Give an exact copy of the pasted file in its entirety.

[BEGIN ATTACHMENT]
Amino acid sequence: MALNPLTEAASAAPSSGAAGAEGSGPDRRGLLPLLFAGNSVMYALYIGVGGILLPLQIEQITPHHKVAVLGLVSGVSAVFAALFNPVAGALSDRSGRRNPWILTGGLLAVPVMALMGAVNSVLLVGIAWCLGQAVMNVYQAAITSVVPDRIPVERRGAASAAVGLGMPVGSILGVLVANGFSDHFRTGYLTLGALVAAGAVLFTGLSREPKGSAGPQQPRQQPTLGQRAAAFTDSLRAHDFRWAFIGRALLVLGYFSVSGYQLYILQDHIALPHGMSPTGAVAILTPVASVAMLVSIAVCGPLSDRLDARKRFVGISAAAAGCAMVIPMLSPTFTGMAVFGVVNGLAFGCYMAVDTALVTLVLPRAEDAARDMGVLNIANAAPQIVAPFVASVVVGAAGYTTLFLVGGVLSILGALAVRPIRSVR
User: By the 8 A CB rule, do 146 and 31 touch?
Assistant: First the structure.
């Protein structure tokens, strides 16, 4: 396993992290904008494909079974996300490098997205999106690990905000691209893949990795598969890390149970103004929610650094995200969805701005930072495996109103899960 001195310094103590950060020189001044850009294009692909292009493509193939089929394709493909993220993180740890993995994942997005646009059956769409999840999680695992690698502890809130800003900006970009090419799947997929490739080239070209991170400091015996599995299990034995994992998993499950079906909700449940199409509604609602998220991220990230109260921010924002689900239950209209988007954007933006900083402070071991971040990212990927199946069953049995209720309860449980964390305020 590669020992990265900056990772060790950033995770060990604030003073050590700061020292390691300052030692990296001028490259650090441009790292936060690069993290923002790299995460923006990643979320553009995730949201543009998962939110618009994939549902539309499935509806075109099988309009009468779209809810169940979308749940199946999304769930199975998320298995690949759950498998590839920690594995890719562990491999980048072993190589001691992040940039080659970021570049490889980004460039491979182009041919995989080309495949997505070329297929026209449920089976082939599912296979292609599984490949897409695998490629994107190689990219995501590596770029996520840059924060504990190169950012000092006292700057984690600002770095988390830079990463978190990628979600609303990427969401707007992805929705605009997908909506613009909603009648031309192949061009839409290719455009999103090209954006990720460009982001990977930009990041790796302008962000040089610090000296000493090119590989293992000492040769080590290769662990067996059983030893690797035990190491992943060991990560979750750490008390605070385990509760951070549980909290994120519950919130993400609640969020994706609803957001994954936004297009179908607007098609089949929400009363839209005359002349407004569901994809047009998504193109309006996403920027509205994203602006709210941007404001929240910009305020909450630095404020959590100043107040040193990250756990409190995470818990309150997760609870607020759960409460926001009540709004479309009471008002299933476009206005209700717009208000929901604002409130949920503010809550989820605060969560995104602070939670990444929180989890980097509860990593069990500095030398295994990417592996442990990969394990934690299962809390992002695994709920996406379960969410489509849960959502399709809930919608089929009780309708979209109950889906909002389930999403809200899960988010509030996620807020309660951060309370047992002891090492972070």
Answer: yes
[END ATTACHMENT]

Amino acid sequence: MALNPLTEAASAAPSSGAAGAEGSGPDRRGLLPLLFAGNSVMYALYIGVGGILLPLQIEQITPHHKVAVLGLVSGVSAVFAALFNPVAGALSDRSGRRNPWILTGGLLAVPVMALMGAVNSVLLVGIAWCLGQAVMNVYQAAITSVVPDRIPVERRGAASAAVGLGMPVGSILGVLVANGFSDHFRTGYLTLGALVAAGAVLFTGLSREPKGSAGPQQPRQQPTLGQRAAAFTDSLRAHDFRWAFIGRALLVLGYFSVSGYQLYILQDHIALPHGMSPTGAVAILTPVASVAMLVSIAVCGPLSDRLDARKRFVGISAAAAGCAMVIPMLSPTFTGMAVFGVVNGLAFGCYMAVDTALVTLVLPRAEDAARDMGVLNIANAAPQIVAPFVASVVVGAAGYTTLFLVGGVLSILGALAVRPIRSVR
User: By the 8 A CB rule, do 146 and 31 touch?
Assistant: First the structure.
């Protein structure tokens, strides 16, 4: 396993992290904008494909079974996300490098997205999106690990905000691209893949990795598969890390149970103004929610650094995200969805701005930072495996109103899960 001195310094103590950060020189001044850009294009692909292009493509193939089929394709493909993220993180740890993995994942997005646009059956769409999840999680695992690698502890809130800003900006970009090419799947997929490739080239070209991170400091015996599995299990034995994992998993499950079906909700449940199409509604609602998220991220990230109260921010924002689900239950209209988007954007933006900083402070071991971040990212990927199946069953049995209720309860449980964390305020 590669020992990265900056990772060790950033995770060990604030003073050590700061020292390691300052030692990296001028490259650090441009790292936060690069993290923002790299995460923006990643979320553009995730949201543009998962939110618009994939549902539309499935509806075109099988309009009468779209809810169940979308749940199946999304769930199975998320298995690949759950498998590839920690594995890719562990491999980048072993190589001691992040940039080659970021570049490889980004460039491979182009041919995989080309495949997505070329297929026209449920089976082939599912296979292609599984490949897409695998490629994107190689990219995501590596770029996520840059924060504990190169950012000092006292700057984690600002770095988390830079990463978190990628979600609303990427969401707007992805929705605009997908909506613009909603009648031309192949061009839409290719455009999103090209954006990720460009982001990977930009990041790796302008962000040089610090000296000493090119590989293992000492040769080590290769662990067996059983030893690797035990190491992943060991990560979750750490008390605070385990509760951070549980909290994120519950919130993400609640969020994706609803957001994954936004297009179908607007098609089949929400009363839209005359002349407004569901994809047009998504193109309006996403920027509205994203602006709210941007404001929240910009305020909450630095404020959590100043107040040193990250756990409190995470818990309150997760609870607020759960409460926001009540709004479309009471008002299933476009206005209700717009208000929901604002409130949920503010809550989820605060969560995104602070939670990444929180989890980097509860990593069990500095030398295994990417592996442990990969394990934690299962809390992002695994709920996406379960969410489509849960959502399709809930919608089929009780309708979209109950889906909002389930999403809200899960988010509030996620807020309660951060309370047992002891090492972070």
Answer: yes